Seeking to improve society’s understanding of how and why firms participate in public life by tracking the political behaviour of large transnational corporations across different activities and venues.
Focusing on the changes in Russian electoral legislation that took place between 2005 and 2007.
While people in the West have been preoccupied with the economic crisis and the resulting contraction in social programmes, there has been a marked increase in recent years in government efforts to tackle poverty and inequality in Brazil, India, China and South Africa, four countries which together contain nearly half of humankind, and increasingly set the international agenda. This project will analyse what has happened, why it was possible, and how the governments of each country accomplished it.
A three-year comparative research project to develop tools to understand where, when and why electoral violence occurs, and to assess strategies for preventing it.
Can the internet champion the causes of citizens in non-democratic states? This project will study the role of the internet in political life in Russia through an analysis of how people seek to fulfil their 'everyday' human rights in gaining access to social services such as pensions and health care.
This research addresses schemes intended to incentivise women’s business participation in post-conflict contexts with a particular focus upon Rwanda.
This project aims to describe legal cultures in Britain, Poland, Bulgaria, Norway and Ukraine, to establish the extent to which legal cultures in Europe are converging.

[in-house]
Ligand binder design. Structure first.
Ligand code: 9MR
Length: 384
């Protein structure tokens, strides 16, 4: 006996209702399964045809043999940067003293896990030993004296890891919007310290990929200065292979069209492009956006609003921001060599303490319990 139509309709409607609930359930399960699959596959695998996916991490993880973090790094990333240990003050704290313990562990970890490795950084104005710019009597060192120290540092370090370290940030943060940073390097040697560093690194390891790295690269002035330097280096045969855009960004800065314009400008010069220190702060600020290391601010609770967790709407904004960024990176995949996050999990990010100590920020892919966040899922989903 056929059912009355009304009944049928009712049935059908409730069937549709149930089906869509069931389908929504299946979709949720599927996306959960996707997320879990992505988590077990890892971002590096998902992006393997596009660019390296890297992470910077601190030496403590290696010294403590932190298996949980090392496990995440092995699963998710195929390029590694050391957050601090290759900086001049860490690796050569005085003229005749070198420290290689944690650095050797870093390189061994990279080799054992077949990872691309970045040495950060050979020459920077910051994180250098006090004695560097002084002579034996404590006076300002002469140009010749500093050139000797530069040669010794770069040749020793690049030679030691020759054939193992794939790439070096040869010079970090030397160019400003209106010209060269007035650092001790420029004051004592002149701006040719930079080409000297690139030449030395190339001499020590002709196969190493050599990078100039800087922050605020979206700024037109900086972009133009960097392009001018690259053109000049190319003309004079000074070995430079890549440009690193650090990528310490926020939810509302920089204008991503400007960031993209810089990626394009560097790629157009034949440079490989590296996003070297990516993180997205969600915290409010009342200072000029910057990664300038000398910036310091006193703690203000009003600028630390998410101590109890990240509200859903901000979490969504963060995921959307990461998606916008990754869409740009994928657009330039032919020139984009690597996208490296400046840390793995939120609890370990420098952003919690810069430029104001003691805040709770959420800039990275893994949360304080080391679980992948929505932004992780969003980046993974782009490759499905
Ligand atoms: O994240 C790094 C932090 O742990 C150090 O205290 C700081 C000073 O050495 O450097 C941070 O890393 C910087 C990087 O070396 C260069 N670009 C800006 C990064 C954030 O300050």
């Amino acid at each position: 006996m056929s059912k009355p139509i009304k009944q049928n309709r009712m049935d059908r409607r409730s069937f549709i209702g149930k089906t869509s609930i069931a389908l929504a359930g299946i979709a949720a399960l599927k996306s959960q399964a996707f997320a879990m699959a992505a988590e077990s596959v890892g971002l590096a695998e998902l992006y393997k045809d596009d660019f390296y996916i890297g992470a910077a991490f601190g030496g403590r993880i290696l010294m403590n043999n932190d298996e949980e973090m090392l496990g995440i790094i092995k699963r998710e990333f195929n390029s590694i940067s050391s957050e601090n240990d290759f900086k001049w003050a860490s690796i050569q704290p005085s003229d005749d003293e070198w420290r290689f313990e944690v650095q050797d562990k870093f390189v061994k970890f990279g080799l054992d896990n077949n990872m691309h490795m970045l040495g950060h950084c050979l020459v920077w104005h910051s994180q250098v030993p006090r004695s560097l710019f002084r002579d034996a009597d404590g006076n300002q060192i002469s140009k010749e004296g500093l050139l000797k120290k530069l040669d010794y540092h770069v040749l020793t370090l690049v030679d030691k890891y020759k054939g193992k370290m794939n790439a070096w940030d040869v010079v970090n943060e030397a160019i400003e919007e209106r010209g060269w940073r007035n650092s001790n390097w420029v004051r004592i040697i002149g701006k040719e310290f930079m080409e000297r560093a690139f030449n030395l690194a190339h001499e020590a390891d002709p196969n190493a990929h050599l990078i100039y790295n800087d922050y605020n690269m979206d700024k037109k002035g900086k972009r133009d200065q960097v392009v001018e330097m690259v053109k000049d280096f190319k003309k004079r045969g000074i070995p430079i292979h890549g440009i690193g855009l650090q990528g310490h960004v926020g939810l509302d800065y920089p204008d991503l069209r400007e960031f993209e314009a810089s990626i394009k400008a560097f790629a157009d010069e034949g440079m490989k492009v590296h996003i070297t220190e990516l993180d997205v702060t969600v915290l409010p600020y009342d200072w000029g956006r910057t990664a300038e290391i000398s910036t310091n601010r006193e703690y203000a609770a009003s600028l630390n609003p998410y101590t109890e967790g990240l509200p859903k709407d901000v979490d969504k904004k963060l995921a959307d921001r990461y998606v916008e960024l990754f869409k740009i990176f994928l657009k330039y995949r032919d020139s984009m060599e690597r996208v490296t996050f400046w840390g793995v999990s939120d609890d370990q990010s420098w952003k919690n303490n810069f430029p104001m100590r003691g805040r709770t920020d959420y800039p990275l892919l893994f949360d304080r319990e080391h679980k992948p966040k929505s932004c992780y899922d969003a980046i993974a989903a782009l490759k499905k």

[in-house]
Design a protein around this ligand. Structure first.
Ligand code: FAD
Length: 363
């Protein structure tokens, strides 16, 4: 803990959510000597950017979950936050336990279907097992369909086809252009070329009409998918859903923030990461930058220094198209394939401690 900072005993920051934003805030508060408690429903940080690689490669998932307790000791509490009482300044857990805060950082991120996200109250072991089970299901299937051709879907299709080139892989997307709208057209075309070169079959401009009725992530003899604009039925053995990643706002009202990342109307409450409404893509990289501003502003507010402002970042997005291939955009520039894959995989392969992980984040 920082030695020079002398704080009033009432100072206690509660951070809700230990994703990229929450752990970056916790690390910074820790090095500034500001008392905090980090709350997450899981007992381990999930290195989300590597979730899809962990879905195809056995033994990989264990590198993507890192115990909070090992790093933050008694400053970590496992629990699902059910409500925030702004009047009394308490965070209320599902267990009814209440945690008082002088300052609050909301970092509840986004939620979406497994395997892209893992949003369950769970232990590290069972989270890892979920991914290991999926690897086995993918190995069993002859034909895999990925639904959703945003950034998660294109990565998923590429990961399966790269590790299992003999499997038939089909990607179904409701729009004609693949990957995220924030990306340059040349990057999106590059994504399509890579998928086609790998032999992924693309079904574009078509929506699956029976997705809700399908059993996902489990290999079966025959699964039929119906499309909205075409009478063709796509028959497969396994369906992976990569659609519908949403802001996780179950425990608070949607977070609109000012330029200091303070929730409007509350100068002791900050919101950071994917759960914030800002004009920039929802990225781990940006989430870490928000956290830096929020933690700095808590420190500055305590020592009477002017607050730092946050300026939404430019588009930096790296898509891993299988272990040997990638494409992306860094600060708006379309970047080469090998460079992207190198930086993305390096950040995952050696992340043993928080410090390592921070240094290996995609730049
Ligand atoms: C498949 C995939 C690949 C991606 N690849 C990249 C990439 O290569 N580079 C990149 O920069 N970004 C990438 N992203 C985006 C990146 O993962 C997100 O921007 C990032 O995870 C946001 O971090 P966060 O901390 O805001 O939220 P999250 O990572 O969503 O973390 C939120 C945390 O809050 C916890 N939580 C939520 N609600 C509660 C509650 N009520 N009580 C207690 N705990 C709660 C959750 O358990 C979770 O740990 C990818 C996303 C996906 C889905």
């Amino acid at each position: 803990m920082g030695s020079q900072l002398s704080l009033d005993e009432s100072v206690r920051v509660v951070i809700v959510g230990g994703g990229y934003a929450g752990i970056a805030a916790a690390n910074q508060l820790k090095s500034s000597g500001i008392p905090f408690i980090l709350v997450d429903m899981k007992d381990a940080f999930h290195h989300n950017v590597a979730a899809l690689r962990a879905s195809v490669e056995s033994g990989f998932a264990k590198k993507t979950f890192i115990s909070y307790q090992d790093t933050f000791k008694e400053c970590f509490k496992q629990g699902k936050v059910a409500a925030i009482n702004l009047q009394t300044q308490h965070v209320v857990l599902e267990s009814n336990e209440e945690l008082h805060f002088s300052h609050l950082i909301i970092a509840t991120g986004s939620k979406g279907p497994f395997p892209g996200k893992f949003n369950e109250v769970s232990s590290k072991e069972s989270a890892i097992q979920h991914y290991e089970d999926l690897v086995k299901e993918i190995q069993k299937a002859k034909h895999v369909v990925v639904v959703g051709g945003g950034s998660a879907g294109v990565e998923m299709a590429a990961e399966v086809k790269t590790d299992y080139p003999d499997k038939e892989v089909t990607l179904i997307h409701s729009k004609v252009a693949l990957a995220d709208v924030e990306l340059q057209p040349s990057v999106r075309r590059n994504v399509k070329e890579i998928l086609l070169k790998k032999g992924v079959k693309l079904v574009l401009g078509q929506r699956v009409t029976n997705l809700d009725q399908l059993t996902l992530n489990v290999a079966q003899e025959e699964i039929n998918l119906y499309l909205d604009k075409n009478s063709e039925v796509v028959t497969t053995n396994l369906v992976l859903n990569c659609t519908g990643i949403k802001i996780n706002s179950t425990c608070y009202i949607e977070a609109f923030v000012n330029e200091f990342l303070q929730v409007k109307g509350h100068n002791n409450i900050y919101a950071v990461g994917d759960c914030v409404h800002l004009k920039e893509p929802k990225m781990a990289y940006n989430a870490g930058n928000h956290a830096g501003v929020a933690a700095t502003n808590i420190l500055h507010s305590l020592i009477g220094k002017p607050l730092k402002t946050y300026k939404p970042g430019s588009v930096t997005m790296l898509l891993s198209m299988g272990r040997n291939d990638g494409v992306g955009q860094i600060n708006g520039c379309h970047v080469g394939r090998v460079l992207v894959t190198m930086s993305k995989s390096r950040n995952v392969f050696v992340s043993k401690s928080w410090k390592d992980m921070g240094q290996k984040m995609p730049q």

In Russia, Ukraine and Belarus, the end of communist rule has not simply seen a ‘transition to democracy’ but to a different and distinctive type of regime that has been called ‘managed democracy’.
This interdisciplinary project establishes a new collaboration among UK researchers and a leading Chinese social research team, to conduct the first major study of Chinese people's attitudes towards their health care.
The Israel/Palestine conflict is one of the most protracted in contemporary politics and remains a site of conflict, violence and resistance. Embedded in the complex geopolitical dynamics of the Middle East, the conflict is perceived to be critical to regional stability. This project on non-violence seeks to map the dynamics of empathy, dialogue, and trust within situations of conflict through personal, collective, and institutional narratives.
Exploring the changes in the Russian political elite from the late Putin period to the early years of the presidency that succeeded him in May 2008, and their domestic and international implications.
Examining the increasingly unequal distribution of incomes in China and Russia, based on nationally representative surveys, focus groups, elite interviews, official statistics and the indigenous specialist literatures.
Prof Christopher Berry's book The Idea of Commercial Society in the Scottish Enlightenment (Edinburgh University Press 2013) focused on the Scots’ conception of commercial society as a distinct and distinctive social formation. This project furthers that work by facilitating follow-up discussion with Japanese academics (including the putative translator of the book) and by exploring means to formalise an academic network in the study of the Scottish Enlightenment.